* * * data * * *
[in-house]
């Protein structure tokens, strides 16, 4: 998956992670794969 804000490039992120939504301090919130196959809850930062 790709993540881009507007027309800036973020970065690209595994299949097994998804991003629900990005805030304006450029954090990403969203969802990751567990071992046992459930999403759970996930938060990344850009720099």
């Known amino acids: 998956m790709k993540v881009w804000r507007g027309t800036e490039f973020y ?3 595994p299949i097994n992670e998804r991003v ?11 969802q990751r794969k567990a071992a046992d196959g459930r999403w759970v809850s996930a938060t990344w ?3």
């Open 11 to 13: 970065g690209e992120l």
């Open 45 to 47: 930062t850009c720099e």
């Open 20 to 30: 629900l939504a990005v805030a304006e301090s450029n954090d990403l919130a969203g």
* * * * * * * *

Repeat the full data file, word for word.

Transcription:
[in-house]
């Protein structure tokens, strides 16, 4: 998956992670794969 804000490039992120939504301090919130196959809850930062 790709993540881009507007027309800036973020970065690209595994299949097994998804991003629900990005805030304006450029954090990403969203969802990751567990071992046992459930999403759970996930938060990344850009720099």
């Known amino acids: 998956m790709k993540v881009w804000r507007g027309t800036e490039f973020y ?3 595994p299949i097994n992670e998804r991003v ?11 969802q990751r794969k567990a071992a046992d196959g459930r999403w759970v809850s996930a938060t990344w ?3």
């Open 11 to 13: 970065g690209e992120l």
């Open 45 to 47: 930062t850009c720099e």
């Open 20 to 30: 629900l939504a990005v805030a304006e301090s450029n954090d990403l919130a969203g």